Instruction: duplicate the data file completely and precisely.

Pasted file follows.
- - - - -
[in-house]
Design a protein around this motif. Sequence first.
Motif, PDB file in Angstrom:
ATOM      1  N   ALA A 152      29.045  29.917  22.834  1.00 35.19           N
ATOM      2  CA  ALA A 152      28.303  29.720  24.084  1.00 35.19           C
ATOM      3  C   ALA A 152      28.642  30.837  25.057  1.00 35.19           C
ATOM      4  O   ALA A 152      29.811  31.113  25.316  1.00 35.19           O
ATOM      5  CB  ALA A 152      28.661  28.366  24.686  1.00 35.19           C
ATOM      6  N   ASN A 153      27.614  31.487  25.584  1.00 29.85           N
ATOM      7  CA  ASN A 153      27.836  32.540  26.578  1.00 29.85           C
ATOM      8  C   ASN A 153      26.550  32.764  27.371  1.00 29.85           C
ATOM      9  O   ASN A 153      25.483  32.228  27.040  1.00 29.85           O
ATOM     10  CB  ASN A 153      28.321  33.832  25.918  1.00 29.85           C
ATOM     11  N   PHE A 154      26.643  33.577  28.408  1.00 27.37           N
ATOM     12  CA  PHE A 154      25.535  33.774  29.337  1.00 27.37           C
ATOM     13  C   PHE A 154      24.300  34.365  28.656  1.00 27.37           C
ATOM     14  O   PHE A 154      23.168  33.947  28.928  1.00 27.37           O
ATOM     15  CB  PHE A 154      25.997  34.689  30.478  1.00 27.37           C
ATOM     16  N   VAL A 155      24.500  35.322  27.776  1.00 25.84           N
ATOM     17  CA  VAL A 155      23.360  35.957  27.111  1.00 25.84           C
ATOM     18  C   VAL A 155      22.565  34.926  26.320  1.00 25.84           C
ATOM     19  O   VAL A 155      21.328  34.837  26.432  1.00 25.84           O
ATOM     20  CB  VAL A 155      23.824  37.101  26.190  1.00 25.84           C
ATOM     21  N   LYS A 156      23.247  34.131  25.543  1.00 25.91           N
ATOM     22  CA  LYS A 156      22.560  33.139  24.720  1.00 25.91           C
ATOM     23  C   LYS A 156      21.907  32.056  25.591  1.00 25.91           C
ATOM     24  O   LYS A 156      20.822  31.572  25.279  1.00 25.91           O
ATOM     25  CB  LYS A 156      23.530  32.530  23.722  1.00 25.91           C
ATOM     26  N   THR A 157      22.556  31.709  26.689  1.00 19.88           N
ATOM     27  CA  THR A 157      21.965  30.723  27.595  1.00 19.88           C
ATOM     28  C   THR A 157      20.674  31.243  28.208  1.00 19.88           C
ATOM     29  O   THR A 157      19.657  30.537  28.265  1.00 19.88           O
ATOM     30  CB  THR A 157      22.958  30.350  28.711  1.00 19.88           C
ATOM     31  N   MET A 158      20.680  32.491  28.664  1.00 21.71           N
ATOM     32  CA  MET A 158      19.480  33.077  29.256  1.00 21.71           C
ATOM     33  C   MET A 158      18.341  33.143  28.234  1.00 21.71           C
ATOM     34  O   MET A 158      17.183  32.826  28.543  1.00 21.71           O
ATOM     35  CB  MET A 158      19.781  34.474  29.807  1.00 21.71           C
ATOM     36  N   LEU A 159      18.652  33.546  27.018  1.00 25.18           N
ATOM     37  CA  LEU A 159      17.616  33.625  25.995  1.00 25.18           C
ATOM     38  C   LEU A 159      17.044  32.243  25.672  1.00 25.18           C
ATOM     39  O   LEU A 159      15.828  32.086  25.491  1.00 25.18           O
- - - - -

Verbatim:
[in-house]
Design a protein around this motif. Sequence first.
Motif, PDB file in Angstrom:
ATOM      1  N   ALA A 152      29.045  29.917  22.834  1.00 35.19           N
ATOM      2  CA  ALA A 152      28.303  29.720  24.084  1.00 35.19           C
ATOM      3  C   ALA A 152      28.642  30.837  25.057  1.00 35.19           C
ATOM      4  O   ALA A 152      29.811  31.113  25.316  1.00 35.19           O
ATOM      5  CB  ALA A 152      28.661  28.366  24.686  1.00 35.19           C
ATOM      6  N   ASN A 153      27.614  31.487  25.584  1.00 29.85           N
ATOM      7  CA  ASN A 153      27.836  32.540  26.578  1.00 29.85           C
ATOM      8  C   ASN A 153      26.550  32.764  27.371  1.00 29.85           C
ATOM      9  O   ASN A 153      25.483  32.228  27.040  1.00 29.85           O
ATOM     10  CB  ASN A 153      28.321  33.832  25.918  1.00 29.85           C
ATOM     11  N   PHE A 154      26.643  33.577  28.408  1.00 27.37           N
ATOM     12  CA  PHE A 154      25.535  33.774  29.337  1.00 27.37           C
ATOM     13  C   PHE A 154      24.300  34.365  28.656  1.00 27.37           C
ATOM     14  O   PHE A 154      23.168  33.947  28.928  1.00 27.37           O
ATOM     15  CB  PHE A 154      25.997  34.689  30.478  1.00 27.37           C
ATOM     16  N   VAL A 155      24.500  35.322  27.776  1.00 25.84           N
ATOM     17  CA  VAL A 155      23.360  35.957  27.111  1.00 25.84           C
ATOM     18  C   VAL A 155      22.565  34.926  26.320  1.00 25.84           C
ATOM     19  O   VAL A 155      21.328  34.837  26.432  1.00 25.84           O
ATOM     20  CB  VAL A 155      23.824  37.101  26.190  1.00 25.84           C
ATOM     21  N   LYS A 156      23.247  34.131  25.543  1.00 25.91           N
ATOM     22  CA  LYS A 156      22.560  33.139  24.720  1.00 25.91           C
ATOM     23  C   LYS A 156      21.907  32.056  25.591  1.00 25.91           C
ATOM     24  O   LYS A 156      20.822  31.572  25.279  1.00 25.91           O
ATOM     25  CB  LYS A 156      23.530  32.530  23.722  1.00 25.91           C
ATOM     26  N   THR A 157      22.556  31.709  26.689  1.00 19.88           N
ATOM     27  CA  THR A 157      21.965  30.723  27.595  1.00 19.88           C
ATOM     28  C   THR A 157      20.674  31.243  28.208  1.00 19.88           C
ATOM     29  O   THR A 157      19.657  30.537  28.265  1.00 19.88           O
ATOM     30  CB  THR A 157      22.958  30.350  28.711  1.00 19.88           C
ATOM     31  N   MET A 158      20.680  32.491  28.664  1.00 21.71           N
ATOM     32  CA  MET A 158      19.480  33.077  29.256  1.00 21.71           C
ATOM     33  C   MET A 158      18.341  33.143  28.234  1.00 21.71           C
ATOM     34  O   MET A 158      17.183  32.826  28.543  1.00 21.71           O
ATOM     35  CB  MET A 158      19.781  34.474  29.807  1.00 21.71           C
ATOM     36  N   LEU A 159      18.652  33.546  27.018  1.00 25.18           N
ATOM     37  CA  LEU A 159      17.616  33.625  25.995  1.00 25.18           C
ATOM     38  C   LEU A 159      17.044  32.243  25.672  1.00 25.18           C
ATOM     39  O   LEU A 159      15.828  32.086  25.491  1.00 25.18           O